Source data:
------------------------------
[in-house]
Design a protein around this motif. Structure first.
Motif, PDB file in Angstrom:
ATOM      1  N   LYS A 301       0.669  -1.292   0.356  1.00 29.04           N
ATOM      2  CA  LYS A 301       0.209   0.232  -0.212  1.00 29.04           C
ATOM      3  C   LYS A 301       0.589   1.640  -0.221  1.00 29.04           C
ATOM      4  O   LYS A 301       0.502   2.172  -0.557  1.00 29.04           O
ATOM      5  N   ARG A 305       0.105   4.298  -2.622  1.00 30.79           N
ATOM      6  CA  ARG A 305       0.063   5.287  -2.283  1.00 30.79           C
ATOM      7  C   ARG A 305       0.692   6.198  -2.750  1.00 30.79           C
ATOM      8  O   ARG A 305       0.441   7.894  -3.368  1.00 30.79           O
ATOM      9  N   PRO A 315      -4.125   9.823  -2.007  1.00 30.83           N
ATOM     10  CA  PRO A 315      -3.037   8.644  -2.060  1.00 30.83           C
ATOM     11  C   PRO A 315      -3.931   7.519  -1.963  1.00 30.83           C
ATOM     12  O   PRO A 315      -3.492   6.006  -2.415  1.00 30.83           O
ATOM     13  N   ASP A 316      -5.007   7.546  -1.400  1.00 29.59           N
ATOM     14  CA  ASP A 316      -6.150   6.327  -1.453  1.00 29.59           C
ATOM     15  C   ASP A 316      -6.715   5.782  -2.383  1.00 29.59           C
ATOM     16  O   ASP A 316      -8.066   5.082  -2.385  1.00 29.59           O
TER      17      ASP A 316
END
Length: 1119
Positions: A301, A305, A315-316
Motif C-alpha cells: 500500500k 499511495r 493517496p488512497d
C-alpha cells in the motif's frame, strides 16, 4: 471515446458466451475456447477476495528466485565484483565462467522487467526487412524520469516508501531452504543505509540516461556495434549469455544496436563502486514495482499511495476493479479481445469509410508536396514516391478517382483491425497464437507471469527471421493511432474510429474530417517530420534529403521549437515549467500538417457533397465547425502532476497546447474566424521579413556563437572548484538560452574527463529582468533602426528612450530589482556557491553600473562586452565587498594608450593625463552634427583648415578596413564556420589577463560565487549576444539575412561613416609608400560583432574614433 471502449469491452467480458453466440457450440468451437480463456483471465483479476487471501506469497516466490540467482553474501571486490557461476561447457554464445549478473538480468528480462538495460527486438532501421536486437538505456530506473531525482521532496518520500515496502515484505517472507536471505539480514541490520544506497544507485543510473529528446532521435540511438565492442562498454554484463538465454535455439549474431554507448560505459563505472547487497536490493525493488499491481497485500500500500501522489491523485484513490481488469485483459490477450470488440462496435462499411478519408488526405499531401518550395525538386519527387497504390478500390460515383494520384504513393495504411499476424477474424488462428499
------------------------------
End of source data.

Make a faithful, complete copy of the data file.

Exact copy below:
[in-house]
Design a protein around this motif. Structure first.
Motif, PDB file in Angstrom:
ATOM      1  N   LYS A 301       0.669  -1.292   0.356  1.00 29.04           N
ATOM      2  CA  LYS A 301       0.209   0.232  -0.212  1.00 29.04           C
ATOM      3  C   LYS A 301       0.589   1.640  -0.221  1.00 29.04           C
ATOM      4  O   LYS A 301       0.502   2.172  -0.557  1.00 29.04           O
ATOM      5  N   ARG A 305       0.105   4.298  -2.622  1.00 30.79           N
ATOM      6  CA  ARG A 305       0.063   5.287  -2.283  1.00 30.79           C
ATOM      7  C   ARG A 305       0.692   6.198  -2.750  1.00 30.79           C
ATOM      8  O   ARG A 305       0.441   7.894  -3.368  1.00 30.79           O
ATOM      9  N   PRO A 315      -4.125   9.823  -2.007  1.00 30.83           N
ATOM     10  CA  PRO A 315      -3.037   8.644  -2.060  1.00 30.83           C
ATOM     11  C   PRO A 315      -3.931   7.519  -1.963  1.00 30.83           C
ATOM     12  O   PRO A 315      -3.492   6.006  -2.415  1.00 30.83           O
ATOM     13  N   ASP A 316      -5.007   7.546  -1.400  1.00 29.59           N
ATOM     14  CA  ASP A 316      -6.150   6.327  -1.453  1.00 29.59           C
ATOM     15  C   ASP A 316      -6.715   5.782  -2.383  1.00 29.59           C
ATOM     16  O   ASP A 316      -8.066   5.082  -2.385  1.00 29.59           O
TER      17      ASP A 316
END
Length: 1119
Positions: A301, A305, A315-316
Motif C-alpha cells: 500500500k 499511495r 493517496p488512497d
C-alpha cells in the motif's frame, strides 16, 4: 471515446458466451475456447477476495528466485565484483565462467522487467526487412524520469516508501531452504543505509540516461556495434549469455544496436563502486514495482499511495476493479479481445469509410508536396514516391478517382483491425497464437507471469527471421493511432474510429474530417517530420534529403521549437515549467500538417457533397465547425502532476497546447474566424521579413556563437572548484538560452574527463529582468533602426528612450530589482556557491553600473562586452565587498594608450593625463552634427583648415578596413564556420589577463560565487549576444539575412561613416609608400560583432574614433 471502449469491452467480458453466440457450440468451437480463456483471465483479476487471501506469497516466490540467482553474501571486490557461476561447457554464445549478473538480468528480462538495460527486438532501421536486437538505456530506473531525482521532496518520500515496502515484505517472507536471505539480514541490520544506497544507485543510473529528446532521435540511438565492442562498454554484463538465454535455439549474431554507448560505459563505472547487497536490493525493488499491481497485500500500500501522489491523485484513490481488469485483459490477450470488440462496435462499411478519408488526405499531401518550395525538386519527387497504390478500390460515383494520384504513393495504411499476424477474424488462428499